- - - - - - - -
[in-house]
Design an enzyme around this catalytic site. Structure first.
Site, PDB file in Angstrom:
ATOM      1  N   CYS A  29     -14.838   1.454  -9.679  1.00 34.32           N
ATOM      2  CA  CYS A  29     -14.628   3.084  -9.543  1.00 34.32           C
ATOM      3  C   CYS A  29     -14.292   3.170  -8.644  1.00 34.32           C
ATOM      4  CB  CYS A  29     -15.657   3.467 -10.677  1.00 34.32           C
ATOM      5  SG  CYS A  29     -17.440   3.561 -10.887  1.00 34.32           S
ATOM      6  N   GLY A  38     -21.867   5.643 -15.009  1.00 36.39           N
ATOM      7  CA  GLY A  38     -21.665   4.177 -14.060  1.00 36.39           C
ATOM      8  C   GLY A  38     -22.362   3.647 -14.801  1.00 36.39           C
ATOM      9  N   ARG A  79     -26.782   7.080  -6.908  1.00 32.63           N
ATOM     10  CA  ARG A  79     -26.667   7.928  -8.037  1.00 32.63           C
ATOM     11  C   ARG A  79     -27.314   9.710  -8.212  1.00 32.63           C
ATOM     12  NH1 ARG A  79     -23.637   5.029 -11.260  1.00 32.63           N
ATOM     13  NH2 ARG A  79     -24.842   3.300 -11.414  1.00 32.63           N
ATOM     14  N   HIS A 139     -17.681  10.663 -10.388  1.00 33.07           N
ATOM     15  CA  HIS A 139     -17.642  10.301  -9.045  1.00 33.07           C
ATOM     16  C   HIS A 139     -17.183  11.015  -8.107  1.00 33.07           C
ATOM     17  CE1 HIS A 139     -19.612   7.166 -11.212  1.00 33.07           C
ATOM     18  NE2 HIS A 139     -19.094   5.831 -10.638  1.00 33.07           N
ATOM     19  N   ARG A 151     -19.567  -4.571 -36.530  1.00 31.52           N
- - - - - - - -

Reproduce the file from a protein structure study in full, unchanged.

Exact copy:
[in-house]
Design an enzyme around this catalytic site. Structure first.
Site, PDB file in Angstrom:
ATOM      1  N   CYS A  29     -14.838   1.454  -9.679  1.00 34.32           N
ATOM      2  CA  CYS A  29     -14.628   3.084  -9.543  1.00 34.32           C
ATOM      3  C   CYS A  29     -14.292   3.170  -8.644  1.00 34.32           C
ATOM      4  CB  CYS A  29     -15.657   3.467 -10.677  1.00 34.32           C
ATOM      5  SG  CYS A  29     -17.440   3.561 -10.887  1.00 34.32           S
ATOM      6  N   GLY A  38     -21.867   5.643 -15.009  1.00 36.39           N
ATOM      7  CA  GLY A  38     -21.665   4.177 -14.060  1.00 36.39           C
ATOM      8  C   GLY A  38     -22.362   3.647 -14.801  1.00 36.39           C
ATOM      9  N   ARG A  79     -26.782   7.080  -6.908  1.00 32.63           N
ATOM     10  CA  ARG A  79     -26.667   7.928  -8.037  1.00 32.63           C
ATOM     11  C   ARG A  79     -27.314   9.710  -8.212  1.00 32.63           C
ATOM     12  NH1 ARG A  79     -23.637   5.029 -11.260  1.00 32.63           N
ATOM     13  NH2 ARG A  79     -24.842   3.300 -11.414  1.00 32.63           N
ATOM     14  N   HIS A 139     -17.681  10.663 -10.388  1.00 33.07           N
ATOM     15  CA  HIS A 139     -17.642  10.301  -9.045  1.00 33.07           C
ATOM     16  C   HIS A 139     -17.183  11.015  -8.107  1.00 33.07           C
ATOM     17  CE1 HIS A 139     -19.612   7.166 -11.212  1.00 33.07           C
ATOM     18  NE2 HIS A 139     -19.094   5.831 -10.638  1.00 33.07           N
ATOM     19  N   ARG A 151     -19.567  -4.571 -36.530  1.00 31.52           N